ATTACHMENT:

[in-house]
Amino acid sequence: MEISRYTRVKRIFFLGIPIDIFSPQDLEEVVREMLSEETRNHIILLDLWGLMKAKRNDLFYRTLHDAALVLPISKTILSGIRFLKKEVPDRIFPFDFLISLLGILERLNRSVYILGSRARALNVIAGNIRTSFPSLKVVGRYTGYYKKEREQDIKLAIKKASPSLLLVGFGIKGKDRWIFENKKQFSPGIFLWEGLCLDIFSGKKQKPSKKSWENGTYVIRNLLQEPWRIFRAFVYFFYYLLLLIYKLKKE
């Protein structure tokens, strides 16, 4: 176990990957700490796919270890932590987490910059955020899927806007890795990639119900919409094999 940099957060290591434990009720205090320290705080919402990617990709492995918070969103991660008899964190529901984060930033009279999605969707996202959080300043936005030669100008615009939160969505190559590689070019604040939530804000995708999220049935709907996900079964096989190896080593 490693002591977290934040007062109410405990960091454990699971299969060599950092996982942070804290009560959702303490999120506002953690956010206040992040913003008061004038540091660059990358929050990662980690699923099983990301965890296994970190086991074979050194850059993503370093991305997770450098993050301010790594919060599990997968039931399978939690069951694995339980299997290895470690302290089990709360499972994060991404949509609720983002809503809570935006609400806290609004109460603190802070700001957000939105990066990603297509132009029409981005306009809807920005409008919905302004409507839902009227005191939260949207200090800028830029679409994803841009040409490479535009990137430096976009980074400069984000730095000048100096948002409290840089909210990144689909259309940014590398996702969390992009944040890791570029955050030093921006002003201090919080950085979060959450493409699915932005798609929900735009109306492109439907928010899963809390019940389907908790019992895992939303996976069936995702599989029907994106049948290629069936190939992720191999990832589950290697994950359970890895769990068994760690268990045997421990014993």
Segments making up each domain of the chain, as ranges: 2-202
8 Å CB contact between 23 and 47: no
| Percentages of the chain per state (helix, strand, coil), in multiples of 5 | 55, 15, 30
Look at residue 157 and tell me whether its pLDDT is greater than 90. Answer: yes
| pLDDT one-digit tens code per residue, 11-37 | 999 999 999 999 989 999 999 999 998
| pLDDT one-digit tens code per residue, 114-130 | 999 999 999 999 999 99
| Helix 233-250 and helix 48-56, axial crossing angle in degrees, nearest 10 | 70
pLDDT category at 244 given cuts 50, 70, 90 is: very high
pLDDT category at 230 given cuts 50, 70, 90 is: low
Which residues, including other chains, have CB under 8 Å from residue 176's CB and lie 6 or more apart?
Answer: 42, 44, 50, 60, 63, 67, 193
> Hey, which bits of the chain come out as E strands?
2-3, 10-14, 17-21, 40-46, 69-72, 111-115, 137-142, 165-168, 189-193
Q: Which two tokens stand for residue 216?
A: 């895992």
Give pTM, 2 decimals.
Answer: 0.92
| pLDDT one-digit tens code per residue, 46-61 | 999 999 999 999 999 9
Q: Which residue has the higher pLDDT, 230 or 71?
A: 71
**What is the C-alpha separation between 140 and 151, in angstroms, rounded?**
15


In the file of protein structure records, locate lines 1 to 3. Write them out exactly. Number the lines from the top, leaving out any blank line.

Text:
[in-house]
Amino acid sequence: MEISRYTRVKRIFFLGIPIDIFSPQDLEEVVREMLSEETRNHIILLDLWGLMKAKRNDLFYRTLHDAALVLPISKTILSGIRFLKKEVPDRIFPFDFLISLLGILERLNRSVYILGSRARALNVIAGNIRTSFPSLKVVGRYTGYYKKEREQDIKLAIKKASPSLLLVGFGIKGKDRWIFENKKQFSPGIFLWEGLCLDIFSGKKQKPSKKSWENGTYVIRNLLQEPWRIFRAFVYFFYYLLLLIYKLKKE
């Protein structure tokens, strides 16, 4: 176990990957700490796919270890932590987490910059955020899927806007890795990639119900919409094999 940099957060290591434990009720205090320290705080919402990617990709492995918070969103991660008899964190529901984060930033009279999605969707996202959080300043936005030669100008615009939160969505190559590689070019604040939530804000995708999220049935709907996900079964096989190896080593 490693002591977290934040007062109410405990960091454990699971299969060599950092996982942070804290009560959702303490999120506002953690956010206040992040913003008061004038540091660059990358929050990662980690699923099983990301965890296994970190086991074979050194850059993503370093991305997770450098993050301010790594919060599990997968039931399978939690069951694995339980299997290895470690302290089990709360499972994060991404949509609720983002809503809570935006609400806290609004109460603190802070700001957000939105990066990603297509132009029409981005306009809807920005409008919905302004409507839902009227005191939260949207200090800028830029679409994803841009040409490479535009990137430096976009980074400069984000730095000048100096948002409290840089909210990144689909259309940014590398996702969390992009944040890791570029955050030093921006002003201090919080950085979060959450493409699915932005798609929900735009109306492109439907928010899963809390019940389907908790019992895992939303996976069936995702599989029907994106049948290629069936190939992720191999990832589950290697994950359970890895769990068994760690268990045997421990014993």